Meditation Experience is Associated with Increased Structural Integrity of the Pineal Gland and greater total Grey Matter maintenance

Author: Emanuele Rg Plini, Michael C Melnychuk, Paul M Dockree
Conference/Journal: medRxiv
Date published: 2024 Mar 5
Other: Pages: 2024030424303649 , Special Notes: doi: 10.1101/2024.03.04.24303649. , Word Count: 270

Growing evidence demonstrates that meditation practice supports cognitive functions including attention and interoceptive processing, and is associated with structural changes across cortical networks including prefrontal regions, and the insula. However, the extent of subcortical morphometric changes linked to meditation practice is less appreciated. A noteworthy candidate is the Pineal Gland, a key producer of melatonin, which regulates circadian rhythms that augment sleep-wake patterns, and may also provide neuroprotective benefits to offset cognitive decline. Increased melatonin levels as well as increased fMRI BOLD signal in the Pineal Gland has been observed in mediators vs. controls. However, it is not known if long-term meditators exhibit structural change in the Pineal Gland linked to lifetime duration of practice. In the current study we performed Voxel-based morphometry (VBM) analysis to investigate: 1) whether long-term meditators (LTMs) (n=14) exhibited greater Pineal Gland integrity compared to a control group (n=969), 2) a potential association between the estimated lifetime hours of meditation (ELHOM) and Pineal Gland integrity, and 3) whether LTMs show greater Grey Matter (GM) maintenance (BrainPAD) that is associated with Pineal Gland integrity. The results revealed greater Pineal Gland integrity and lower BrainPAD scores (younger brain age) in LTMs compared to controls. Exploratory analysis revealed a positive association between ELHOM and greater signal intensity in the Pineal Gland but not with GM maintenance as measured by BrainPAD score. However, greater Pineal integrity and lower BrainPAD scores were correlated in LTMs. The potential mechanisms by which meditation influences Pineal Gland function, hormonal metabolism, and GM maintenance are discussed - in particular melatonin's roles in sleep, immune response, inflammation modulation, and stem cell and neural regeneration.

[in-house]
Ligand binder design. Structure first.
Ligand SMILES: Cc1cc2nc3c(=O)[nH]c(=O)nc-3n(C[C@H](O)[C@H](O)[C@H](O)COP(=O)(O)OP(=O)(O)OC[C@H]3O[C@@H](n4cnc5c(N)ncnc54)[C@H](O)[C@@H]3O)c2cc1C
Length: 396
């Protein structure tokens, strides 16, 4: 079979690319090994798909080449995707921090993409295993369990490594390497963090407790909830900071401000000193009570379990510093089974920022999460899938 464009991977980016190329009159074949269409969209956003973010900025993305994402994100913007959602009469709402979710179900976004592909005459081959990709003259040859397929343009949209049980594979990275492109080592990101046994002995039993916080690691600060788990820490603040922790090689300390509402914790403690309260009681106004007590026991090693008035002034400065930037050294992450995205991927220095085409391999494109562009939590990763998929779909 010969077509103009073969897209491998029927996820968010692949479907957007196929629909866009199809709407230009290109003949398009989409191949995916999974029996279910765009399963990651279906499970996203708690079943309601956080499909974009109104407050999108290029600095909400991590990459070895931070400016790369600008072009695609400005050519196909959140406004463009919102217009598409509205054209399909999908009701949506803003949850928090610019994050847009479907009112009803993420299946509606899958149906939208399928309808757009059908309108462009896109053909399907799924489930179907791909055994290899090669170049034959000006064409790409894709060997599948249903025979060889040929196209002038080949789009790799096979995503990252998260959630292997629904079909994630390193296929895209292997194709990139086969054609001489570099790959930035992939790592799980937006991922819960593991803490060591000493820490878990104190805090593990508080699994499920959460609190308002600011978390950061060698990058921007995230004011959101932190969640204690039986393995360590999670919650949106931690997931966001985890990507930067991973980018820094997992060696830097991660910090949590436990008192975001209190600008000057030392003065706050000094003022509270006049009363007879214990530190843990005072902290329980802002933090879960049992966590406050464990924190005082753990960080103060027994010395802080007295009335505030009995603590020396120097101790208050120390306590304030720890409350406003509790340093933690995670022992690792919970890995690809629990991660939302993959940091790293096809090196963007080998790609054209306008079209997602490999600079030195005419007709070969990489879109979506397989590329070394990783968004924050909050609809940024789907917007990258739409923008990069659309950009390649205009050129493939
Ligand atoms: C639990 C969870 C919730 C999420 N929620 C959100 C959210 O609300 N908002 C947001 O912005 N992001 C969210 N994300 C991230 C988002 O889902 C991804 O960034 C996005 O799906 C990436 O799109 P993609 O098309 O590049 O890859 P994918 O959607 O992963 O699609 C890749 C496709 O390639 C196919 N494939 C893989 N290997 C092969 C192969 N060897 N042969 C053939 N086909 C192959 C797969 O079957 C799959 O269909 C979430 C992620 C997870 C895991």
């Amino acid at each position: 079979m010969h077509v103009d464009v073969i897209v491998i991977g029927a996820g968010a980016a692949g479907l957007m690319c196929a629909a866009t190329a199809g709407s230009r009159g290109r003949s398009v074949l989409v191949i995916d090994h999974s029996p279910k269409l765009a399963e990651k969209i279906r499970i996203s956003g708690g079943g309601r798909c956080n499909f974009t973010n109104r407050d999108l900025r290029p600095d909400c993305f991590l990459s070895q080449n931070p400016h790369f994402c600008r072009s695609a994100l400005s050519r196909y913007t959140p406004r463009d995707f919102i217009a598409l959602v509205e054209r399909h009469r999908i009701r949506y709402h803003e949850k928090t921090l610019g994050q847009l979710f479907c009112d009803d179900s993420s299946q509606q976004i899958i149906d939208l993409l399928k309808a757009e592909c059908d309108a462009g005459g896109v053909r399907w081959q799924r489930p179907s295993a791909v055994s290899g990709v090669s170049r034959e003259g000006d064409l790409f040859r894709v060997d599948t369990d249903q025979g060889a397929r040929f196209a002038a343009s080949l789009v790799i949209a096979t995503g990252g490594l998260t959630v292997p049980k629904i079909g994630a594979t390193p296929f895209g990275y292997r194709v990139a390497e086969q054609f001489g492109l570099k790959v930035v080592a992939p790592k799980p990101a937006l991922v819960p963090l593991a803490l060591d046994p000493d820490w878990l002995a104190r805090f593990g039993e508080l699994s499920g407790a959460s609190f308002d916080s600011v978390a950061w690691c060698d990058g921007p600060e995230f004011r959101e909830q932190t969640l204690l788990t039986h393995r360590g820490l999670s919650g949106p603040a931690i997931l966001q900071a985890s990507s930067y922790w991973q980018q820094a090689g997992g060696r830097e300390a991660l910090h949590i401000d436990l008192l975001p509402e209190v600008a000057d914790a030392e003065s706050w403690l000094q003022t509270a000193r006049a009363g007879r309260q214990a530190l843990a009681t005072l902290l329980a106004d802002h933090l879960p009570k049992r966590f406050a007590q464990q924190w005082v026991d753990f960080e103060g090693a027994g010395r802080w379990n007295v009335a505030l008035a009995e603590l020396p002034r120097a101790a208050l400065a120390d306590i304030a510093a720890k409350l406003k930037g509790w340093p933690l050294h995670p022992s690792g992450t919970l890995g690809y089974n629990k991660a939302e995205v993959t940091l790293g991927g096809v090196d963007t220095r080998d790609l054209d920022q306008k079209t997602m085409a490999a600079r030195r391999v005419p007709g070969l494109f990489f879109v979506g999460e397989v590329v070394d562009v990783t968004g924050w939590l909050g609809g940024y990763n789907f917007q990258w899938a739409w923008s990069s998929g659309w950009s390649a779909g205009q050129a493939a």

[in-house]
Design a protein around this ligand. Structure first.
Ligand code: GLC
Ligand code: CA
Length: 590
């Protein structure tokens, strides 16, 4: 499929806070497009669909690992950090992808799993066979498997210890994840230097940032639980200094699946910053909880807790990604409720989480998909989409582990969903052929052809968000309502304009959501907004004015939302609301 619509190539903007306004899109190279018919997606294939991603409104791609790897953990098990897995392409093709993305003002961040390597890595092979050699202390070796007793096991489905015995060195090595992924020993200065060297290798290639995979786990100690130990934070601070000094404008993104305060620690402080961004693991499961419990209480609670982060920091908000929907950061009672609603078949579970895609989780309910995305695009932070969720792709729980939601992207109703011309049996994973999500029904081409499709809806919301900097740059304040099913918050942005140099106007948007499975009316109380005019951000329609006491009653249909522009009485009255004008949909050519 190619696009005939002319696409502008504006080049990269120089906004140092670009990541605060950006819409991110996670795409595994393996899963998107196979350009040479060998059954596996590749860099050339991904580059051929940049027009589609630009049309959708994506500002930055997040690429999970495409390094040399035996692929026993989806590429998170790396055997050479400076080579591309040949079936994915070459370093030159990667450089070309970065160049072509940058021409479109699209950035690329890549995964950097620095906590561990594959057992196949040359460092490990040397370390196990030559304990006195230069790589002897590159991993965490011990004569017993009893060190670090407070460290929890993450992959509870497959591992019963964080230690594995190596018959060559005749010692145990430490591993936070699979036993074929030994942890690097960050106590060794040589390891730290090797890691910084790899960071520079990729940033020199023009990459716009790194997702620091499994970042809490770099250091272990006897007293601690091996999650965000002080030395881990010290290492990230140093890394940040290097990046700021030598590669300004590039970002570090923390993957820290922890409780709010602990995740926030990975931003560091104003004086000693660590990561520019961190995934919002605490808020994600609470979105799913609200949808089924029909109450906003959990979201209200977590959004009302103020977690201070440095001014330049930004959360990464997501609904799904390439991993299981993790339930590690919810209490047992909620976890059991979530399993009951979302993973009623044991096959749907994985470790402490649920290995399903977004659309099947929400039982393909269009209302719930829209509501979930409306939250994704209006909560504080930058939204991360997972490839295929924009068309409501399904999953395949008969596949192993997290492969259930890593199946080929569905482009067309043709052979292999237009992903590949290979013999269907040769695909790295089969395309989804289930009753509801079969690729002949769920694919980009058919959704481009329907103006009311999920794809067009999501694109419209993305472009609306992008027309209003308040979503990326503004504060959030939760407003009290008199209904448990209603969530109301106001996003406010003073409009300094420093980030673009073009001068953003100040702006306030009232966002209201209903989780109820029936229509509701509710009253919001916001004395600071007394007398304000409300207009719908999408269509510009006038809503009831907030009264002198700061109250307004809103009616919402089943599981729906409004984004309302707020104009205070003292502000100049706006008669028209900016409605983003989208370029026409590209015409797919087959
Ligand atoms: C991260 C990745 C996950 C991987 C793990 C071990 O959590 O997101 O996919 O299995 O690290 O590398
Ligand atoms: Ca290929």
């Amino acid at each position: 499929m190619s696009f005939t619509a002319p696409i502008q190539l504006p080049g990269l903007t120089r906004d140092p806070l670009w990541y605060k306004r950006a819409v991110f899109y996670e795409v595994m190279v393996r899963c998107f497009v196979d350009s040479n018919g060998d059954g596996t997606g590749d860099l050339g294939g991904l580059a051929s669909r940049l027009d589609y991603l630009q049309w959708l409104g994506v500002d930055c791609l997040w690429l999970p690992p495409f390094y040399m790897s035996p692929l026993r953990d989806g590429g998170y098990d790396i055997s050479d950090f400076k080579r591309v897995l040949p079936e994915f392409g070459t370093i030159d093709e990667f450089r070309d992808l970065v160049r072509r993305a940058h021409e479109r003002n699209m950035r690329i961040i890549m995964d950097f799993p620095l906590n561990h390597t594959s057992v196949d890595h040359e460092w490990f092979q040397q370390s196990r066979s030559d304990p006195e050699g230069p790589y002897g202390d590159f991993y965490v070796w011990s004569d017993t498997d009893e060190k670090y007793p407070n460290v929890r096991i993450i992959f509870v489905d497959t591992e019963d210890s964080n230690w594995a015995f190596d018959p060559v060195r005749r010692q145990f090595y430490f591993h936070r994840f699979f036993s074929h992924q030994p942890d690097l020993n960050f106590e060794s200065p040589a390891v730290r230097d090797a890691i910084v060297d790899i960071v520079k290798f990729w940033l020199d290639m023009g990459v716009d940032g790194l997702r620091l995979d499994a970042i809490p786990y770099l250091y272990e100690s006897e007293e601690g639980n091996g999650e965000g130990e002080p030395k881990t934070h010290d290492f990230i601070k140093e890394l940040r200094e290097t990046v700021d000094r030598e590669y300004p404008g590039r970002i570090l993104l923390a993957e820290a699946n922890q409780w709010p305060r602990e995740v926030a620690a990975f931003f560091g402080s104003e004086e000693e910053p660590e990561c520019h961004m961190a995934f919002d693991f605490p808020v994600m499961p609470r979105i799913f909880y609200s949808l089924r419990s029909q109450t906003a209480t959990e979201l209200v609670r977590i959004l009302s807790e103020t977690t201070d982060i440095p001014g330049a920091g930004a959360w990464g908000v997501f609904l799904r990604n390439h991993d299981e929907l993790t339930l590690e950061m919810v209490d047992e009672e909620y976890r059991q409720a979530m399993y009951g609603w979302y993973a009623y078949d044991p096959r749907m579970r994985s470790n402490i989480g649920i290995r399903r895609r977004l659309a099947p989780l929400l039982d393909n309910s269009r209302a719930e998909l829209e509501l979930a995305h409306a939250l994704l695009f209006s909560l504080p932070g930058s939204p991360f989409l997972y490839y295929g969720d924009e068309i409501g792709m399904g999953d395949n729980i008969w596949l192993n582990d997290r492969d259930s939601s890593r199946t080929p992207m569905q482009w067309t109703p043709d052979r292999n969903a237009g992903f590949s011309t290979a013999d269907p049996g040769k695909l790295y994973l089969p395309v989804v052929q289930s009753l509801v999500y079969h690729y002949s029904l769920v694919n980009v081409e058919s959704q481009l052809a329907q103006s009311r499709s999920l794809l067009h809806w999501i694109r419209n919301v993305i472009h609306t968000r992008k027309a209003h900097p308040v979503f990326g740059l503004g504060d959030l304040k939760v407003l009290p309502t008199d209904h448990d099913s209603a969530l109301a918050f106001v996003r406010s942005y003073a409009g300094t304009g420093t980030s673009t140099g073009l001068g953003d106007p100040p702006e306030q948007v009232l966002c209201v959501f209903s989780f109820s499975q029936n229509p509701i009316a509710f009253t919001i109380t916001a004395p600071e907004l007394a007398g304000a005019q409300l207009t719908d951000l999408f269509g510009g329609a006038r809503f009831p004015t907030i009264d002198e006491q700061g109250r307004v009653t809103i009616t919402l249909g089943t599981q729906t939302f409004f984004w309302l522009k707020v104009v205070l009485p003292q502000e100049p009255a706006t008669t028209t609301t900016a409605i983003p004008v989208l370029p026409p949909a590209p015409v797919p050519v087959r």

PMID: 38496551 PMCID: PMC10942509 DOI: 10.1101/2024.03.04.24303649